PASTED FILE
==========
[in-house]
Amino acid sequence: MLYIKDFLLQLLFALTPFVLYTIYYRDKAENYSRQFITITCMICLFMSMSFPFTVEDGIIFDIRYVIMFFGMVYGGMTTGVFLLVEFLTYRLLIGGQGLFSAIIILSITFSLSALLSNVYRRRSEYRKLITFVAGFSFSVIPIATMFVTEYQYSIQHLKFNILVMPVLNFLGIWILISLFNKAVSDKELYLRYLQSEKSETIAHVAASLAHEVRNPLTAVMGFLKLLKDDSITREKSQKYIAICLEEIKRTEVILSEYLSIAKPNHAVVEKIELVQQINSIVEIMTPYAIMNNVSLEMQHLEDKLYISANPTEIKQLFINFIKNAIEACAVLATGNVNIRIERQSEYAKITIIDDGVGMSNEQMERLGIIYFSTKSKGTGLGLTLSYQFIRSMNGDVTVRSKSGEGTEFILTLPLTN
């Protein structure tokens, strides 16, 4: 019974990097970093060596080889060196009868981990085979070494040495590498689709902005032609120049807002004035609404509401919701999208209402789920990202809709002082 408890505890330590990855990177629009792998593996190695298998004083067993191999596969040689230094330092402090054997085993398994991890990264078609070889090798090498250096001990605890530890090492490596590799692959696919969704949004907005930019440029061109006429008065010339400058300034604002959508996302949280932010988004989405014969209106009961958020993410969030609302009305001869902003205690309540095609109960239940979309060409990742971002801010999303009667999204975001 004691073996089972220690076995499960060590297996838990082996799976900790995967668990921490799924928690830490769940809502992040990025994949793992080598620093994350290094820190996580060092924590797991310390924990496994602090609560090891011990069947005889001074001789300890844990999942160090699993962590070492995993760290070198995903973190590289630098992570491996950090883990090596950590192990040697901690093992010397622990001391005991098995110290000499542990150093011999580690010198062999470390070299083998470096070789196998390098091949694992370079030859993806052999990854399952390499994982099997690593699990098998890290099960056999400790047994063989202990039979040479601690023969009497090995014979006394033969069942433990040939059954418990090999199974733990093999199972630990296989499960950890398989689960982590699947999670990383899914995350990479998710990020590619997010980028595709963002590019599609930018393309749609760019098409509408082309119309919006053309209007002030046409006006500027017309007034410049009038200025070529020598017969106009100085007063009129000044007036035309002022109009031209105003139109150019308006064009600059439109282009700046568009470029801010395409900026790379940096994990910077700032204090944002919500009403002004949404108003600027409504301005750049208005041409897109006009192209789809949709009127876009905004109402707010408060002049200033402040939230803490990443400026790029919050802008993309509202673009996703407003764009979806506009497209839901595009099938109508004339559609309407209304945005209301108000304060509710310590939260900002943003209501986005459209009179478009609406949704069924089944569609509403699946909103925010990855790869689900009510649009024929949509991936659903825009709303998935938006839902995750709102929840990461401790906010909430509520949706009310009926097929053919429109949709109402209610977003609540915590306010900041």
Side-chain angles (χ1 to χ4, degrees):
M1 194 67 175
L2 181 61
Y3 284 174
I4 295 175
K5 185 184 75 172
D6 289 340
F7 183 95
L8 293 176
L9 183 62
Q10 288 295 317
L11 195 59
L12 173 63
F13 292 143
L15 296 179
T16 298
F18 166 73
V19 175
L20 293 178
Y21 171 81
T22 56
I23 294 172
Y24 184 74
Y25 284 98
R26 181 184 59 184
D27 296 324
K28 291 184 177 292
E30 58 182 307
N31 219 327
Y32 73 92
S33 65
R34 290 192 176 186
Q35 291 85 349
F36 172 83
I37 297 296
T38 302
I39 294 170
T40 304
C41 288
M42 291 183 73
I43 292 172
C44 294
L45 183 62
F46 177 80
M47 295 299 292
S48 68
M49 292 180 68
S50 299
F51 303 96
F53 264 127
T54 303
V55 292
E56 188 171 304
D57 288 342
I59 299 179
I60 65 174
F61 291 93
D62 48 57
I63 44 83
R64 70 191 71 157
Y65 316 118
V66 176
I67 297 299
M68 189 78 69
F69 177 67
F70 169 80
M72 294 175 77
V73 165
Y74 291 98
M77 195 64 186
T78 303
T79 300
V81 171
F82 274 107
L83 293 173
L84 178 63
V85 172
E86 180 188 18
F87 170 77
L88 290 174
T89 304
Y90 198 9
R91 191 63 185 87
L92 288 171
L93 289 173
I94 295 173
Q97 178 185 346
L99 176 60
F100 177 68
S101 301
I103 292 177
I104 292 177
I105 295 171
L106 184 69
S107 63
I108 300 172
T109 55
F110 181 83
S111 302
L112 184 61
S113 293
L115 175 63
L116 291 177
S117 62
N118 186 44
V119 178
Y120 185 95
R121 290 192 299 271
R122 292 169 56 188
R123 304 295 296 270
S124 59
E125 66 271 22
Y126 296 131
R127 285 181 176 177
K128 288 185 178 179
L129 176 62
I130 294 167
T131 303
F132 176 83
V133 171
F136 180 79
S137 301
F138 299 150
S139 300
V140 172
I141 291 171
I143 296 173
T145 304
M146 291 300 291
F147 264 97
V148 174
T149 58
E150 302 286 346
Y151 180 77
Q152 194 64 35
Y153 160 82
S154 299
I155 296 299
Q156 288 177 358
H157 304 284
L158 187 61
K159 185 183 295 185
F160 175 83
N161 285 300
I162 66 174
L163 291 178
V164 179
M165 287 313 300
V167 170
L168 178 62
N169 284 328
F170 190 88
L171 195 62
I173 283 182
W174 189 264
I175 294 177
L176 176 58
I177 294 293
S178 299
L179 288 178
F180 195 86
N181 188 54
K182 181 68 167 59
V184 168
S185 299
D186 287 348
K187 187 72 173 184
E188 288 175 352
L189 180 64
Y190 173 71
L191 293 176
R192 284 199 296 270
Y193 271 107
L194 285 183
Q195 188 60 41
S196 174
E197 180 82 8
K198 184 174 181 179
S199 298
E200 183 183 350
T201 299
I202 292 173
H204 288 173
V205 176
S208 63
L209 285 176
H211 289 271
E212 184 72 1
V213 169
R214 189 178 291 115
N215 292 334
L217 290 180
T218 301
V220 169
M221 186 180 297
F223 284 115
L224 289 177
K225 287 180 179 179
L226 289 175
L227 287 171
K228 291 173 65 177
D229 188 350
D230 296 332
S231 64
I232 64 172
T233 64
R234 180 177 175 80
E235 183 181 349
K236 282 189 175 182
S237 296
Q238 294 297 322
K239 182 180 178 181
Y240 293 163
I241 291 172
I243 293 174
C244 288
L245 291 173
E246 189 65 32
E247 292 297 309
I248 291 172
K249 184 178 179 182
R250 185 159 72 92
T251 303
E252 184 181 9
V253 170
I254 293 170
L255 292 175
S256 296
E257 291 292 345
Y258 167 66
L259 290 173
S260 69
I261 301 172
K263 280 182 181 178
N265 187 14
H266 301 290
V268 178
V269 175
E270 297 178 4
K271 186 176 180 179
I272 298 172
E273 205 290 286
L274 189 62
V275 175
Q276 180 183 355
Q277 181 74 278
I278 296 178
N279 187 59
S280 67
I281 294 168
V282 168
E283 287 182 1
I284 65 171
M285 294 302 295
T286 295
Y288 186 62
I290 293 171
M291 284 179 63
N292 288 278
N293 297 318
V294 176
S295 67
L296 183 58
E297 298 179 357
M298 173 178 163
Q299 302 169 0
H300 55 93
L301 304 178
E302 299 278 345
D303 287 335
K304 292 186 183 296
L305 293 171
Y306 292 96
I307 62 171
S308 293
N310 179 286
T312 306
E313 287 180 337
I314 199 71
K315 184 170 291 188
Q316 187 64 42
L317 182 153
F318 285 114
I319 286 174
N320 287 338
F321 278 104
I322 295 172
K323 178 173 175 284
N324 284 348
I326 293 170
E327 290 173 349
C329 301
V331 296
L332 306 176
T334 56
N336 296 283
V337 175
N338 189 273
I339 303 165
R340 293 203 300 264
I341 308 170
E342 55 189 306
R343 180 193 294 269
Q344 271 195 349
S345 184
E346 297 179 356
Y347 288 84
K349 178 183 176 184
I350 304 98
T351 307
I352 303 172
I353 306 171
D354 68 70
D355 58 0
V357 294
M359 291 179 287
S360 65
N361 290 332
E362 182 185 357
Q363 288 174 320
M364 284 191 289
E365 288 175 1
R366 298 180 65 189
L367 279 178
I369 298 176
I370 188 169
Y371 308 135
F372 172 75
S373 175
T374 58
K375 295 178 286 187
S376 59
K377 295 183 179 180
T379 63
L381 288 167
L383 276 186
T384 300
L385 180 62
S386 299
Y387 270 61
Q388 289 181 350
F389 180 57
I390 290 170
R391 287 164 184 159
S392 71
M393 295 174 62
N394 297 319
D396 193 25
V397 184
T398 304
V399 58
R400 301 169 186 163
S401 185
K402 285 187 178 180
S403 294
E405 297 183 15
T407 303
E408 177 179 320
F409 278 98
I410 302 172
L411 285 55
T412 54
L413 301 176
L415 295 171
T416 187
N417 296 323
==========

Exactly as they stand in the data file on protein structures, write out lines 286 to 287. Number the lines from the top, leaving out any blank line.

F318 285 114
I319 286 174